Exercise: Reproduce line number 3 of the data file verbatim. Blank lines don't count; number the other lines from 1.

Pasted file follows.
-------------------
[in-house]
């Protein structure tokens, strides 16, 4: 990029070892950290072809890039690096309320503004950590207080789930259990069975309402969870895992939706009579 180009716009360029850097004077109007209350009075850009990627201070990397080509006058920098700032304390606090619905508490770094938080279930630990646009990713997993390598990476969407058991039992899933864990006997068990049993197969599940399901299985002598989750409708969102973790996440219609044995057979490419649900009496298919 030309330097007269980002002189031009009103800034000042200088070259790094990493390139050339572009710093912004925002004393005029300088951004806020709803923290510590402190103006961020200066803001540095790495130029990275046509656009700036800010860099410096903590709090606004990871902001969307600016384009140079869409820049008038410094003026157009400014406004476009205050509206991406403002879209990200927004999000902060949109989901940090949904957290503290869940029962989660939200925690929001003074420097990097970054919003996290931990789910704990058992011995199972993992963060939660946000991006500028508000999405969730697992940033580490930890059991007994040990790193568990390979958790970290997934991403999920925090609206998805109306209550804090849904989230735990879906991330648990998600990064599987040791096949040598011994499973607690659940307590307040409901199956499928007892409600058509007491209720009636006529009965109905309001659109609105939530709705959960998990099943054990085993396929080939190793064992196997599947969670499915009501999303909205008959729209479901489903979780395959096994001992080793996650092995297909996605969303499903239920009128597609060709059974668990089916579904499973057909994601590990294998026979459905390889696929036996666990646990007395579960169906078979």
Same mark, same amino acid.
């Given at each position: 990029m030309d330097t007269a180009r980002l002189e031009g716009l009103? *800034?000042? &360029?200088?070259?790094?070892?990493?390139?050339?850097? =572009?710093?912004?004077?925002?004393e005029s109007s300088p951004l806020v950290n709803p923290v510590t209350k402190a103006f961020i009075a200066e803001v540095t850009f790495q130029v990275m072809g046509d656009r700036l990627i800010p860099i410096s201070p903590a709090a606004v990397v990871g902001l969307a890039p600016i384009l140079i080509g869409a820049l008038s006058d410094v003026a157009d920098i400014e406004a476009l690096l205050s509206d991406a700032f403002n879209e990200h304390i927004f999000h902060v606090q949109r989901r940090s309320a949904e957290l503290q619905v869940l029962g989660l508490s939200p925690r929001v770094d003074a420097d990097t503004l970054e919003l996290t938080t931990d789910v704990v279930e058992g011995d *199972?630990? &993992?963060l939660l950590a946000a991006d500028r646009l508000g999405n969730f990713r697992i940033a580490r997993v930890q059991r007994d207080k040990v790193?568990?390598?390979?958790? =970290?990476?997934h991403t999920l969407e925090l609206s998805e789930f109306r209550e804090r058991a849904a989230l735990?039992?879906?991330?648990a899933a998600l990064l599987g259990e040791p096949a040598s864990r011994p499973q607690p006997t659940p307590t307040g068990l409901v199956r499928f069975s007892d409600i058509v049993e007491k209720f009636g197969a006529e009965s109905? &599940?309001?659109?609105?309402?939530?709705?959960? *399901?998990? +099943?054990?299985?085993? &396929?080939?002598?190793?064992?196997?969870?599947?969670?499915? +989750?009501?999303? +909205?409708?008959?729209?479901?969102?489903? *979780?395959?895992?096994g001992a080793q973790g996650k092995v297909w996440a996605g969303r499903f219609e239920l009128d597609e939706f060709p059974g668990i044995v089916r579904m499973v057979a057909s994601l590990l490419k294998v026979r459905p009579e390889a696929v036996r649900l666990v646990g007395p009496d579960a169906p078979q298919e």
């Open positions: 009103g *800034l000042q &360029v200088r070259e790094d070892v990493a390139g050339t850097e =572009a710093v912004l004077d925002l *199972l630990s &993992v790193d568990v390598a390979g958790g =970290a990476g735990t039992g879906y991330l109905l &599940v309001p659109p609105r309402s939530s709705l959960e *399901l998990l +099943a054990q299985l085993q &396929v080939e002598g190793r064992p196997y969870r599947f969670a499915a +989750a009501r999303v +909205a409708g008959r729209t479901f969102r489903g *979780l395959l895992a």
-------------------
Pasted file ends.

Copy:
Same mark, same amino acid.